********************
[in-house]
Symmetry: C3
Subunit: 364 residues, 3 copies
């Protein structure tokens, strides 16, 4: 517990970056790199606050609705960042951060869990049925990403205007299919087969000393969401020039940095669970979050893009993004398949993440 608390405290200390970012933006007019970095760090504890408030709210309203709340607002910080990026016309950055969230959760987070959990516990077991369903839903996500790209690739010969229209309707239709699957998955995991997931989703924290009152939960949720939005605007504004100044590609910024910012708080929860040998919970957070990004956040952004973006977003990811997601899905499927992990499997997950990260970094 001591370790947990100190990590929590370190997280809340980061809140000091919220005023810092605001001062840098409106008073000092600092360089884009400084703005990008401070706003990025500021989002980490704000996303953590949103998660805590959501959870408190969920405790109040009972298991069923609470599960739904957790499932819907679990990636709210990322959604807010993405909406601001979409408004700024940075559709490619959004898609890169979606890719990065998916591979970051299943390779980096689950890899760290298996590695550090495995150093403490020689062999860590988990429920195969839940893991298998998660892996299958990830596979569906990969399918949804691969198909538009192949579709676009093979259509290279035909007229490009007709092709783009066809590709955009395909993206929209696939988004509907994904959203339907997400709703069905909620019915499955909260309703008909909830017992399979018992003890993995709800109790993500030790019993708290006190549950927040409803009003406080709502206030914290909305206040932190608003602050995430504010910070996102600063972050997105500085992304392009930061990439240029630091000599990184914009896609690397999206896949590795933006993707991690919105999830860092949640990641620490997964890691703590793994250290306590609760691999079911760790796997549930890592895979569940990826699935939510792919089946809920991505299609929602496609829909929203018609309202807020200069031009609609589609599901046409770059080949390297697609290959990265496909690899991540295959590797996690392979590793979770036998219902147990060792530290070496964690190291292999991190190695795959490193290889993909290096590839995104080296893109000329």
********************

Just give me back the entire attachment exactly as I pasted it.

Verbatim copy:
[in-house]
Symmetry: C3
Subunit: 364 residues, 3 copies
């Protein structure tokens, strides 16, 4: 517990970056790199606050609705960042951060869990049925990403205007299919087969000393969401020039940095669970979050893009993004398949993440 608390405290200390970012933006007019970095760090504890408030709210309203709340607002910080990026016309950055969230959760987070959990516990077991369903839903996500790209690739010969229209309707239709699957998955995991997931989703924290009152939960949720939005605007504004100044590609910024910012708080929860040998919970957070990004956040952004973006977003990811997601899905499927992990499997997950990260970094 001591370790947990100190990590929590370190997280809340980061809140000091919220005023810092605001001062840098409106008073000092600092360089884009400084703005990008401070706003990025500021989002980490704000996303953590949103998660805590959501959870408190969920405790109040009972298991069923609470599960739904957790499932819907679990990636709210990322959604807010993405909406601001979409408004700024940075559709490619959004898609890169979606890719990065998916591979970051299943390779980096689950890899760290298996590695550090495995150093403490020689062999860590988990429920195969839940893991298998998660892996299958990830596979569906990969399918949804691969198909538009192949579709676009093979259509290279035909007229490009007709092709783009066809590709955009395909993206929209696939988004509907994904959203339907997400709703069905909620019915499955909260309703008909909830017992399979018992003890993995709800109790993500030790019993708290006190549950927040409803009003406080709502206030914290909305206040932190608003602050995430504010910070996102600063972050997105500085992304392009930061990439240029630091000599990184914009896609690397999206896949590795933006993707991690919105999830860092949640990641620490997964890691703590793994250290306590609760691999079911760790796997549930890592895979569940990826699935939510792919089946809920991505299609929602496609829909929203018609309202807020200069031009609609589609599901046409770059080949390297697609290959990265496909690899991540295959590797996690392979590793979770036998219902147990060792530290070496964690190291292999991190190695795959490193290889993909290096590839995104080296893109000329």